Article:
was that department managers had to do the stocking for
their own areas along with their
regular duties, and that meant
a lot of things just didn’t get
A former Walmart store manager describes how her back
supply room was dropped to only two associates, who had “thousands” of items to pull every
morning, and “the only way to get it done was for the assistant managers and co-managers to
step in and do it.”
INVENTORY ISSUES: The result of staffing cuts in the supply room.
During 2010, in an about face, Walmart management publicly stated they were reinstating
over 8,500 items that had been pulled off of the shelves under Win, Play, Show. It was officially
ended with the departure of John Fleming, the architect of the initiative, in July 2010. Even
Mike Duke acknowledges this, speaking about the decline in US sales, “I think some of this was
self-inflicted. . . about assortment, about the changes that we made—in some cases we caused
ourselves the problem.”20
This rare (if understated) mea culpa hints at how profound Walmart’s strategic identity crisis is.
Some analysts predicted a period of soul searching at the company.
“WMT is admitting through its actions that it doesn’t have it all figured out and any such increase in inward-looking should be beneficial to WMT over the long term,” wrote one analyst.
Charlie Rose, “Charlie Rose talks to Wal-Mart’s Mike Duke,”, 1 December 2010.
The High Price of Low Cost
“An organization the size of WMT will have to unlearn a number of behaviors at the store and
central level.”21
But when Walmart’s top executives looked inward for solutions it seems they simply doubled down on their favorite
strategy: cost cutting. But the starting point for this round of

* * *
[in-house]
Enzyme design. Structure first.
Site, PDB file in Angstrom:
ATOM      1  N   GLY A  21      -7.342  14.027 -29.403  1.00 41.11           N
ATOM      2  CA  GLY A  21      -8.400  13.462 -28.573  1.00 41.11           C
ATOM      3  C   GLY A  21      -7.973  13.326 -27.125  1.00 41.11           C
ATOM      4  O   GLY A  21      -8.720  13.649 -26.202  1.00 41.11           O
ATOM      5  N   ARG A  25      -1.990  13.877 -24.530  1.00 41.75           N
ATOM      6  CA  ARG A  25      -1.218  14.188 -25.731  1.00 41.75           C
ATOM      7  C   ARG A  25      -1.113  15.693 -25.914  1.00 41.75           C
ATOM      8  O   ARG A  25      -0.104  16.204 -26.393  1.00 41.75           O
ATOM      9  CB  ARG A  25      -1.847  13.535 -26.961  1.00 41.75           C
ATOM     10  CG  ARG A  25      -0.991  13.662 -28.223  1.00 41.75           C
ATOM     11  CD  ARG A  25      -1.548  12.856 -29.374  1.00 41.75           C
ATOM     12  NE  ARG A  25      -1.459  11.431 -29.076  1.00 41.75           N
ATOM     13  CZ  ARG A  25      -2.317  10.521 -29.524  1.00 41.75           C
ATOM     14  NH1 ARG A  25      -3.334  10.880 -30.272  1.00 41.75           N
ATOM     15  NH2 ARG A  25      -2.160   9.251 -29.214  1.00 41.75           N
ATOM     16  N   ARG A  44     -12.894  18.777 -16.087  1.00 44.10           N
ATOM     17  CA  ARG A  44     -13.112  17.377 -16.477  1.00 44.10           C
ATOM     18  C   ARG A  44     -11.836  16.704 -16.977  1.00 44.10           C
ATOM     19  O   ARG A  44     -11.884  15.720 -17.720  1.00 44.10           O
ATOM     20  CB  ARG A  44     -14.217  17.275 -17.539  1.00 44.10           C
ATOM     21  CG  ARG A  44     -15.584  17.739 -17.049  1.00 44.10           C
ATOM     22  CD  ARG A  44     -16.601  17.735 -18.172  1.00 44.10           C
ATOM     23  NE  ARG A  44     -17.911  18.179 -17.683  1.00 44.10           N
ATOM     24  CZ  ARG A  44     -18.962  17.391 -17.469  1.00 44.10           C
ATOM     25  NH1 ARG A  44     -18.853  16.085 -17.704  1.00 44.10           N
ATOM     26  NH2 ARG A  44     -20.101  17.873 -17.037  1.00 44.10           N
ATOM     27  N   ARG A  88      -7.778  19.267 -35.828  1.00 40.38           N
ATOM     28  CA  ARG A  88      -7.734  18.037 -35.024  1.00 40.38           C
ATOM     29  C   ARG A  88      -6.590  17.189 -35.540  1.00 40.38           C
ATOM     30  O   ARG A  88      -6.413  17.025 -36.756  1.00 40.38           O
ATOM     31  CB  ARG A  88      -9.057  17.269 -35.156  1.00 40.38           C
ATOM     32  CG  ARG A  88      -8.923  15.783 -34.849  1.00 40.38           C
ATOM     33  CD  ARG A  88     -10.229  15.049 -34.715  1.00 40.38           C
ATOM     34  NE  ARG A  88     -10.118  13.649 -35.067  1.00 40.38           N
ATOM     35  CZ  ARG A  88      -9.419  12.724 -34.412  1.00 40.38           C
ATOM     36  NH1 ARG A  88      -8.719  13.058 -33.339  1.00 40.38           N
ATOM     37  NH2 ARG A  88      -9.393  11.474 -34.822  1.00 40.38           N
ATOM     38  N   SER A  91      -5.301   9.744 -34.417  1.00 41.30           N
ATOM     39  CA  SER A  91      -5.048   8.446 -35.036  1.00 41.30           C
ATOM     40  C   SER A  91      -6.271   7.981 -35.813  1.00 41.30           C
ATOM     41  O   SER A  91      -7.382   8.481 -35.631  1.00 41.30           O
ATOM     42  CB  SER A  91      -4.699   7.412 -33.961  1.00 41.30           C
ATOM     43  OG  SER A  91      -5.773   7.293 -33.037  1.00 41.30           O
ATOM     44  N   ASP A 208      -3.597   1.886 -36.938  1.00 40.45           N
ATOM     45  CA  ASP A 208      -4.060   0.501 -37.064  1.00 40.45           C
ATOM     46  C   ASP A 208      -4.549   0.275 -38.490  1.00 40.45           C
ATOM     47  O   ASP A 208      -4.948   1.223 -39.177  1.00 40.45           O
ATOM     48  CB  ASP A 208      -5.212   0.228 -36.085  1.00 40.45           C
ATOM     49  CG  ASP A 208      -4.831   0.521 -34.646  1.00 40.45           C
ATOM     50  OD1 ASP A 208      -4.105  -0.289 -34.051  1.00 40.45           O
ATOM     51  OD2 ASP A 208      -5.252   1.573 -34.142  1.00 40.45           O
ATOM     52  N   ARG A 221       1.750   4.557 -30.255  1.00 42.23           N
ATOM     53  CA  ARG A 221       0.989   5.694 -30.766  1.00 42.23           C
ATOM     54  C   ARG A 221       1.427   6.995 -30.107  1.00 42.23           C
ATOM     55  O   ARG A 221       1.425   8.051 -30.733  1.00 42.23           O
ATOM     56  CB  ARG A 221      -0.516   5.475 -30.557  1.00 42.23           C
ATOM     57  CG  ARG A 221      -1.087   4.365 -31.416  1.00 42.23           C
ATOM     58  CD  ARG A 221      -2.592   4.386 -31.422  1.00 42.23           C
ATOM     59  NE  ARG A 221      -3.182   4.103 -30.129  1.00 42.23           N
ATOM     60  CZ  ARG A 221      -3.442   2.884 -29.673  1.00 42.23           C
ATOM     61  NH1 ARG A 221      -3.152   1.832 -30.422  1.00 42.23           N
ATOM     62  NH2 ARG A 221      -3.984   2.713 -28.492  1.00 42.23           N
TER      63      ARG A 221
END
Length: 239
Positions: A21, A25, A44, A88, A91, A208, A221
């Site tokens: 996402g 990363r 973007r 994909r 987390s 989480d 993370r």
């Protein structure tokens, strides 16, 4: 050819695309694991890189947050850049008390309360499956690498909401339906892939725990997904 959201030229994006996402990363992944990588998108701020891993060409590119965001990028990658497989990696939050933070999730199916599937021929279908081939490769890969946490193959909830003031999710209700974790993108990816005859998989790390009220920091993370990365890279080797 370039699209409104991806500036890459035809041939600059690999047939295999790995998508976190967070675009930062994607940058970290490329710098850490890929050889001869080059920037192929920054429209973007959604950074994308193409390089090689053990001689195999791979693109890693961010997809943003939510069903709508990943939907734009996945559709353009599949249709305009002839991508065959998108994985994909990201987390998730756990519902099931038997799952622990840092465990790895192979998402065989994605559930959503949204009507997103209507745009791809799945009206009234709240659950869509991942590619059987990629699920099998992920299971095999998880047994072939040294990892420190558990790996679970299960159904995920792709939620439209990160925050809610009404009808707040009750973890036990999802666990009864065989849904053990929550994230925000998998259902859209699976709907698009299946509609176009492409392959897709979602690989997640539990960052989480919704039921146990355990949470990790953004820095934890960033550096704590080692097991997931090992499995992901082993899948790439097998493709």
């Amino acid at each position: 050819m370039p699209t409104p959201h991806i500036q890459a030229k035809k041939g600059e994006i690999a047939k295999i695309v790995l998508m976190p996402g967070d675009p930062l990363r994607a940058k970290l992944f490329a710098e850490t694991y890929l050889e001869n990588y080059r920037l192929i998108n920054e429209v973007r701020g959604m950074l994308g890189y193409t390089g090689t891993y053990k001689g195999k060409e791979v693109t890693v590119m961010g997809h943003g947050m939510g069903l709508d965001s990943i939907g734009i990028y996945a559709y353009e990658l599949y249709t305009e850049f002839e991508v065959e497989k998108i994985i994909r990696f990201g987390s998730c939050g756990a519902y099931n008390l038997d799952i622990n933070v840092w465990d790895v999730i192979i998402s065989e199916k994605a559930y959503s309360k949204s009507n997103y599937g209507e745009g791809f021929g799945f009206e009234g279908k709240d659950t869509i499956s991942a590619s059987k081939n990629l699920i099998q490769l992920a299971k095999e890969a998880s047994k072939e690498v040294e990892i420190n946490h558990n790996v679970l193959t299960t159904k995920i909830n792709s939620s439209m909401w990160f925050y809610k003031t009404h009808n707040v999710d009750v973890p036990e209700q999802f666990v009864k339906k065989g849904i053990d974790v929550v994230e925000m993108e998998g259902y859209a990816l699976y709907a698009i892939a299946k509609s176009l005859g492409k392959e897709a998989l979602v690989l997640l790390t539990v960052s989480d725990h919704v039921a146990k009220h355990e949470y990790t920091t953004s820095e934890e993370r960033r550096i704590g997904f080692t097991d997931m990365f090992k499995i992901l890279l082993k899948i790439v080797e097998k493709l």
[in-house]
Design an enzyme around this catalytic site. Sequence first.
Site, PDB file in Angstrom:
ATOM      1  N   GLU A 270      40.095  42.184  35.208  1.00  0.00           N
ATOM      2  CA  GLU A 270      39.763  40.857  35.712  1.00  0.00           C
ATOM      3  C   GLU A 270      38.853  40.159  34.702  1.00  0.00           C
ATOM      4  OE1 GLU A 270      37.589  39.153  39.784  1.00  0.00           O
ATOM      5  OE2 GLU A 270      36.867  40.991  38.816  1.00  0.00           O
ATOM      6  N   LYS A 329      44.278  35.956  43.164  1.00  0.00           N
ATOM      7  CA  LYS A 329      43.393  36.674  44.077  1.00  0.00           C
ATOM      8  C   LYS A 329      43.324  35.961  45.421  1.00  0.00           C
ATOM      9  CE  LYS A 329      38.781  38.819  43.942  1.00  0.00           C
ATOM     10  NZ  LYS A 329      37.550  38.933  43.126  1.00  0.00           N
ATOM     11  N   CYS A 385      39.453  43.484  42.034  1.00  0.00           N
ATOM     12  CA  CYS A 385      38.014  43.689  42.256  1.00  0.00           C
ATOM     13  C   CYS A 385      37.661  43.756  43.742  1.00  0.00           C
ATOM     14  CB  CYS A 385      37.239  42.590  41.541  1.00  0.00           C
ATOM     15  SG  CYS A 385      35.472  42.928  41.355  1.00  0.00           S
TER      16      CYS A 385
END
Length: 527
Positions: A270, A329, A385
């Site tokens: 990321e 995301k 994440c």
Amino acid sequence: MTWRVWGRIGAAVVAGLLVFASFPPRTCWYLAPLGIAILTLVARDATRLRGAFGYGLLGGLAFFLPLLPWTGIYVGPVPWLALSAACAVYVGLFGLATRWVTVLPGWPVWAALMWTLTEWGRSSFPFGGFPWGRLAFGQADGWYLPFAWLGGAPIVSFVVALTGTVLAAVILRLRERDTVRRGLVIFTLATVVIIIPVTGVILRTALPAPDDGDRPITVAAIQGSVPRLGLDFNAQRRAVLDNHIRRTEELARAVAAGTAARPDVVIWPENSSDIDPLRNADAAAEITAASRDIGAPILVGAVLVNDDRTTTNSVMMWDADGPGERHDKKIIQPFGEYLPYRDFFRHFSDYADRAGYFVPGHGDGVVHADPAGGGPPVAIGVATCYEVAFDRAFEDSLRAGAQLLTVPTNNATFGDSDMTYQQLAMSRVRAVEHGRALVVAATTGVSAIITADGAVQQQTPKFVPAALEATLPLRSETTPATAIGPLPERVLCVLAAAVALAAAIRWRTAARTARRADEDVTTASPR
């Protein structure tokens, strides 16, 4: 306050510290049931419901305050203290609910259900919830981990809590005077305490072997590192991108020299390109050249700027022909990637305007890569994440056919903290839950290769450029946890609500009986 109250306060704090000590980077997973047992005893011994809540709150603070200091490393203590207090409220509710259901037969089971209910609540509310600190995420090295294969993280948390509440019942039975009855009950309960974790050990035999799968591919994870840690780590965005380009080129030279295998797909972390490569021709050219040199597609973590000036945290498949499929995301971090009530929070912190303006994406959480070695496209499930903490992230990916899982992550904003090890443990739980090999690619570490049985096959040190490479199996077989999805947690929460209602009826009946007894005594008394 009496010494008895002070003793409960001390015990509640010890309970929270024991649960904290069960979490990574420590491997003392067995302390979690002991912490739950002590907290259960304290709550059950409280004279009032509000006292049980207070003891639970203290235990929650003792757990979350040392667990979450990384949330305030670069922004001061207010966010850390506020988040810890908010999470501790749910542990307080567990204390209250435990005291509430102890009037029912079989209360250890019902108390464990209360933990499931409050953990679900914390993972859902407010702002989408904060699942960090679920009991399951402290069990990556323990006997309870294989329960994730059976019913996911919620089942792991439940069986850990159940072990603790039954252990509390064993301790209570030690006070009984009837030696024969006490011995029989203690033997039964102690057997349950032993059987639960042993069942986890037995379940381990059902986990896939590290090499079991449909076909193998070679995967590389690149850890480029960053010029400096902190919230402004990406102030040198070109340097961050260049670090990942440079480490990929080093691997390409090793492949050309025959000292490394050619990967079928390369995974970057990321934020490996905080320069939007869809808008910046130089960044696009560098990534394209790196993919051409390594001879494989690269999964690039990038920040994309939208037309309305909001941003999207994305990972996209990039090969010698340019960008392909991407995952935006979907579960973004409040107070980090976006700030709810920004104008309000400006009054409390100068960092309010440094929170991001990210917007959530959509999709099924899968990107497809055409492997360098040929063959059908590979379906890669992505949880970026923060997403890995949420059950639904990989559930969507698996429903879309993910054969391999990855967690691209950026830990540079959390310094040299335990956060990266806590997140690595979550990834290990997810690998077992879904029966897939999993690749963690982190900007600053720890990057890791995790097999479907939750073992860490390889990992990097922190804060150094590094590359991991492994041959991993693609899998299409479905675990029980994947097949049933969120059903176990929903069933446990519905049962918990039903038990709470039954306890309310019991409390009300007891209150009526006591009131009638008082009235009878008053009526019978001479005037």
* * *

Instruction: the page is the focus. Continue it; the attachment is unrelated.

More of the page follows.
cost cutting was arguably the leanest staffing model in retail,
and to many outside observers the company has reached the
point where further cuts are simply counter-productive.22
Take the example of the short-lived SKU reduction. The
initial reduction was combined with (and premised on) a
reduction in staff—fewer SKUs would require fewer labor
hours. But after the SKUs were added back did Walmart
increase the staffing in the supply room? “Has Walmart ever
increased staff?” replied one former store manager, with a
laugh. (It did not.) She also said that in her store many
long-time customers became frustrated with the lack of
assortment and stopped coming to the stores.
EMPTY SHELVES: Walmart claims its
“in-stock” rate is higher than ever, but many
associates disagree.
When Walmart’s top executives
looked inward for solutions
it seems they simply doubled
down on their favorite strategy:
cost cutting.
One day they made an
computer says there’s
too many people staffing
the supply room.’ Normally there were twelve
people in the back, now
they were going to cut it
to four.
- Former department
To understand the way the company’s assortment
changes and staffing levels are affecting inventory levels
it is necessary to understand how Walmart’s inventory
management system is supposed to work. The heart of
the system is the point of sale barcode data collected at
the checkout scanner. These data are famously updated
to Bentonville’s database via satellite every three seconds. According to industry lore this information system
is rivaled only by the Pentagon’s, and allows the company to monitor sales trends in real time and even to
predict demand for certain products before store managers realize they need to order them.
Walmart’s information technology is the central nervous system that allowed the company to wring greater
efficiency out of its supply chain (and better prices from
its suppliers). Yet this system is only as good as the
data that is entered at the checkout scanners. And in
the context of a high stress, low staff labor model, this
system is more fragile than it might appear.
“That point of sale data is not reliable,” said Sandy,
a former department manager from a supercenter in
Maryland. Due to the significant pressure exerted by
store managers on cashiers to ring up each customer
as quickly as possible, particularly when there are long